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Midnight at the Ping Pong Presidential Primary

05/25/2011 12:25 pm ET
  • Gloria Feldt Author, No Excuses: 9 Ways Women Can Change How We Think About Power

Ping . Vermont's presidential primary with its 15 delegates split 9-6 is called as expected for Obama.

I'm watching CNN and thinking about my first and only Texas precinct convention, in 1972. I'd learned from the League of Women Voters how my natal state's Byzantine primary system worked, and I'd decided to participate from the ground up. As I recall only a few dozen people showed up; we met in someone's living room; consequently, though I was a first time attendee, I was elected to attend the county convention. I did attend that convention, but realized it would be impossible for me to participate further because of family obligations. So despite the friendly county judge who offered to put my name in the hopper for the state convention (that's how it was done and probably still is), I declined.

Just as the predominantly Democratic Texas I grew up in changed its stripes to majority Republican (I allege that after I left for Arizona, the state went to hell) the current Texas Democratic party rules in which 2/3 of delegates decided in voting primaries and 1/3 -- the superdelegates -- decided in precinct conventions or caucuses could well have changed over the years. But some fundamentals stay the same.

Pong. Early in the evening John McCain was declared the far and away winner in Ohio and Texas.

Republicans don't have to pretend to be democratic. They understand elections are about gaining or retaining collective political power. That's their big advantage. The Democrats turn themselves inside out trying to look democratic while in actuality their convoluted rules shore up the entrenched power of the party operatives as much or more than the Republicans. Their pronouncements express their egalitarian principles but their results tilt toward the political machine.

The Republicans will fall in line behind McCain, just as McCain sucked it up, accepted Bush's hug and carried his water after being viciously assaulted by the Bush-Rove disparagement machine in 2000, and just as Mike Huckabee submitted himself graciously after the Texas numbers put McCain's delegate count over the top and sealed him as the Republican presidential nominee.

The Democrats, says pundit Paul Begala, want to fall in love. More than that, I think, Democrats want to believe they are voting for the best ideas and ideals. And they love to put a fine comb through the arguments about who has them in purest form.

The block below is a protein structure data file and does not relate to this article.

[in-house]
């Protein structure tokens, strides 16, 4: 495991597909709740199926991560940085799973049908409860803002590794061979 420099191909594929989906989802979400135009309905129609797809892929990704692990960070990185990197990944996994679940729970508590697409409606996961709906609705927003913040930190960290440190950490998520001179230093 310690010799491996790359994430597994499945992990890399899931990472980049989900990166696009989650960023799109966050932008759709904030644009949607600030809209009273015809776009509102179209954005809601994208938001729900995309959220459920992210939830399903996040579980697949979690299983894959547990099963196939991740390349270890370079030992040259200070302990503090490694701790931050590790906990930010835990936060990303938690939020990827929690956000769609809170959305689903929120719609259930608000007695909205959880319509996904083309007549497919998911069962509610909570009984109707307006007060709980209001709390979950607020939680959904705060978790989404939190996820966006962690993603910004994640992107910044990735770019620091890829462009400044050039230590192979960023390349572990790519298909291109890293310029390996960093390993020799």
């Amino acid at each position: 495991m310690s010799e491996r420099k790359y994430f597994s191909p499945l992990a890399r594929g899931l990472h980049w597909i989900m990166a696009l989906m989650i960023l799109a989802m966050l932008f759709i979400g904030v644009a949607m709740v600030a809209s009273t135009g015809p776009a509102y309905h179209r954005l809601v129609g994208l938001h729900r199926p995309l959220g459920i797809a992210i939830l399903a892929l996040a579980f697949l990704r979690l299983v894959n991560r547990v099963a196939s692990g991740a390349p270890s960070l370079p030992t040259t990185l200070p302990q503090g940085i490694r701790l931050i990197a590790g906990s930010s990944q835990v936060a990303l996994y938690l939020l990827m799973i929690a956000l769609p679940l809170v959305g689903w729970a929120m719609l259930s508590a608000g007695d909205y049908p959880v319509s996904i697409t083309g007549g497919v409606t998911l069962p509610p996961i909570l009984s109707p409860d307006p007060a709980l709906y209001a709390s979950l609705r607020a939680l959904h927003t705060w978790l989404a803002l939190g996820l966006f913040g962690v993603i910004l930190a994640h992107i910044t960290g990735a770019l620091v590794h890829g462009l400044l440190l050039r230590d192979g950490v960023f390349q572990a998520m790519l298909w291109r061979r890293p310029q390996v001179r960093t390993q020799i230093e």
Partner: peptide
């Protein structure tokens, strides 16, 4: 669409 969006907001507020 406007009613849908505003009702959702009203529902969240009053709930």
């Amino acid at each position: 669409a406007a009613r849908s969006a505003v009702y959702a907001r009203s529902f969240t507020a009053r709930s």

Ping. Rhode Island is called for Clinton.

Begala -- sounding like the Texan he is -- came forth with a hearty "thank you Jesus" upon hearing that Bush is ready to endorse McCain. "I'll rent the hall," Begala declared.

Bill Bennett pours on the Kool Aid that McCain is very different from George Bush and people will recognize that. Obama talks about the"Bush-McCain war in Iraq".

The Texas Republicans voted in far lower numbers than the Democrats. Their contest wasn't nearly as interesting. Or maybe, just maybe, the more moderate Texas of my youth is finally coming back, and the Republican right is losing its hegemony at last. A girl can hope, anyway.

Oh, honestly. At 9:53 p.m. Obama called McCain to congratulate him on winning the Republican primary and tell him he looked forward to running against him in the fall. Now that's hubris way beyond the confidence Clinton exuded in the now-famous Katie Couric interview when she said she'd be the Democratic nominee.

Pong. Clinton wins Ohio handily, noting that no candidate in recent memory has won the general election without first winning the Ohio primary. Her speech reflects that she really has found her voice now. Her courage as a leader who doesn't take her eyes off the prize even when all around her have lost hope, her hard work and her propensity for learning have once again stood her in good stead. Including sending Bill to Wyoming to stump for her there, in a state where not much is at risk because it wouldn't go Democratic in the general if hell were to freeze over.

Texas is still too close to call at midnight, but she has pulled ahead there too.

Ping. Before the clock strikes 1 a.m., Clinton is declared the winner in Texas, though the outcome of the caucus delegate selection won't be fully known for some time. Whaddaya know.

She's already made a rousing acceptance speech in Ohio, sporting a new pink suit that is perhaps symbolic of Clinton having summoned the courage that lives deep within her authentic self to stay in the race despite Tim Russert's assumptions last week that she was about to quit:

"For everyone here in Ohio and across America who's ever been counted out but refused to be knocked out, and for everyone who has stumbled but stood right back up, and for everyone who works hard and never gives up, this one is for you," she said.

As the crowd chanted, "Yes, she will! Yes, she will!," Clinton said she is in the race to win. "You know what they say: 'As Ohio goes, so goes the nation,' " she said to cheers from supporters. "Well, this nation's coming back and so is this campaign," she continued. "We're going on. We're going strong and we're going all the way."

So the match continues. We'll have to wait for the next Pong to come, perhaps in April's Pennsylvania primary, perhaps before that as the superdelegate persuasion battle goes on.

I might be super sappy, having cut my teeth in grassroots Texas politics those three eventful decades ago, but I do believe both candidates keep getting better at their game and the American people are being served well by the experience of engaging with top seeded political athletes and with one another in the most interesting campaign of my lifetime.